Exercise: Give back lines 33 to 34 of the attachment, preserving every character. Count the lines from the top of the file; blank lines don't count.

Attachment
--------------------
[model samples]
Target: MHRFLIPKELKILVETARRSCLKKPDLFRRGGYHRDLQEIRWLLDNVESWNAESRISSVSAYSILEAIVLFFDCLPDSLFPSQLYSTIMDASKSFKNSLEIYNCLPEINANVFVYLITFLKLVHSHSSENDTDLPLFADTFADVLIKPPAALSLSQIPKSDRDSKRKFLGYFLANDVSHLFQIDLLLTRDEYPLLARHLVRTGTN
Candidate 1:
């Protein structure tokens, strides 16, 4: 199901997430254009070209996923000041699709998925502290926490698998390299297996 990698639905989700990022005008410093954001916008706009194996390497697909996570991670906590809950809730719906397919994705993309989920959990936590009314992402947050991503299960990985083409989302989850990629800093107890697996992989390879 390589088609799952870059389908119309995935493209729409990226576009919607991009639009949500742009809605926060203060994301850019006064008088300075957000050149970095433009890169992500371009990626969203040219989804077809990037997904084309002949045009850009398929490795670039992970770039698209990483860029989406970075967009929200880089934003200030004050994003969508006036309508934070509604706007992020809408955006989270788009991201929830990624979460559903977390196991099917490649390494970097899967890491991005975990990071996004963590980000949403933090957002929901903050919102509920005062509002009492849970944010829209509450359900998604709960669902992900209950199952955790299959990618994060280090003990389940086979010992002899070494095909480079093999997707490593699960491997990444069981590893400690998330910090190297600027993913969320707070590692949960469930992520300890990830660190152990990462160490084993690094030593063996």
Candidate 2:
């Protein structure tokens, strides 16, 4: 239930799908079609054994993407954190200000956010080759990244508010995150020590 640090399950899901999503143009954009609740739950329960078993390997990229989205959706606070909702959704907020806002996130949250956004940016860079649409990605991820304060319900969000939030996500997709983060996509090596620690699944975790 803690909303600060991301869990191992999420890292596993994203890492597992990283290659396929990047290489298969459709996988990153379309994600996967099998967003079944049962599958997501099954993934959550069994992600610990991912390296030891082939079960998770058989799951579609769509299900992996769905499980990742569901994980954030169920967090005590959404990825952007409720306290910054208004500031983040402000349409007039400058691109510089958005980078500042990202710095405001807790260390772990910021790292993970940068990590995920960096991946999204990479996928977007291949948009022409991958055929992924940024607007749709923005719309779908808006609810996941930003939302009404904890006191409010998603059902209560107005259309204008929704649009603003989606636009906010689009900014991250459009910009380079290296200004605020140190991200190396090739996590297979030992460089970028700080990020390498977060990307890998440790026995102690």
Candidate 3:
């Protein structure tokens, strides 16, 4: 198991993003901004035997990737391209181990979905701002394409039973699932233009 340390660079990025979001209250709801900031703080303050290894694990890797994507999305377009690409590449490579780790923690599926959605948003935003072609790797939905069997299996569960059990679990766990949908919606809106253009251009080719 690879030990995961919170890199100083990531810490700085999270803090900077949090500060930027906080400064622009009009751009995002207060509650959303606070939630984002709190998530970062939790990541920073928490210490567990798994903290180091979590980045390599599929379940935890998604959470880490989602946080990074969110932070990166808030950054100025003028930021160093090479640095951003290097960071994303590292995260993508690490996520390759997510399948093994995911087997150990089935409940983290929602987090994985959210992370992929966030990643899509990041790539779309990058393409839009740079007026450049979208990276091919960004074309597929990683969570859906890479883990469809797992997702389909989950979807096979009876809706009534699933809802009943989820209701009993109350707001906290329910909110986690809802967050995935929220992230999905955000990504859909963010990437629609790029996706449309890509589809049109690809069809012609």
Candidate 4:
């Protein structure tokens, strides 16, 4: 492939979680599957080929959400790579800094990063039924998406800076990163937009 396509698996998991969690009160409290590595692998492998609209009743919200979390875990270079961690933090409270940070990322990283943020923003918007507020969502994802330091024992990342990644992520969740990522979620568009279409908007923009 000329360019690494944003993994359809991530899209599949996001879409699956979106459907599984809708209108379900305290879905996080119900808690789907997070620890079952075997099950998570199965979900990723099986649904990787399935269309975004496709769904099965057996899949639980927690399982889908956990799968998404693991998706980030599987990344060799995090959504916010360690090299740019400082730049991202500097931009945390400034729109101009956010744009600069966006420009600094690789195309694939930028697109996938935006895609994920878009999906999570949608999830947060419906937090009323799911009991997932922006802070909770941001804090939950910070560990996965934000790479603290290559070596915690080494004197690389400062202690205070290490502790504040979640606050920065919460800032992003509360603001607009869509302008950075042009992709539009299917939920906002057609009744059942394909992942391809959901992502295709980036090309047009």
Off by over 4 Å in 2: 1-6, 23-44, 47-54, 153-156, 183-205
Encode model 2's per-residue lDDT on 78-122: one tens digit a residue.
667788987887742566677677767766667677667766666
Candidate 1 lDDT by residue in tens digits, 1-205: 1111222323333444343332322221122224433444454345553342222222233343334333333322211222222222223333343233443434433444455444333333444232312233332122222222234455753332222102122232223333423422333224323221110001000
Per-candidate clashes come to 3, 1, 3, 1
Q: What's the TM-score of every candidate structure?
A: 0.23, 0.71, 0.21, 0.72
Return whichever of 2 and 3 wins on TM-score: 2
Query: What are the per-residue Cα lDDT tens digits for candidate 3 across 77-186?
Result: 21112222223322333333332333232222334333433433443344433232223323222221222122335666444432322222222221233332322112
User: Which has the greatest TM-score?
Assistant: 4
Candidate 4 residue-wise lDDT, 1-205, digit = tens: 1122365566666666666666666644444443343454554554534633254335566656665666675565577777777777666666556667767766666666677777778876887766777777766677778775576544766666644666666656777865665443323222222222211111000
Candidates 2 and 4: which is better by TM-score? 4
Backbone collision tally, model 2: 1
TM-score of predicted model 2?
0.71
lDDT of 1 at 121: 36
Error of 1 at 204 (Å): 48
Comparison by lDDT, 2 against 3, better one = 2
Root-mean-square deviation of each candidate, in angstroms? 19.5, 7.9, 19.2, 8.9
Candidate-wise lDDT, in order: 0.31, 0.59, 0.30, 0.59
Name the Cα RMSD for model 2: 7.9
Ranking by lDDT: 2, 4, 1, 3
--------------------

Name the Cα RMSD for model 2: 7.9
Ranking by lDDT: 2, 4, 1, 3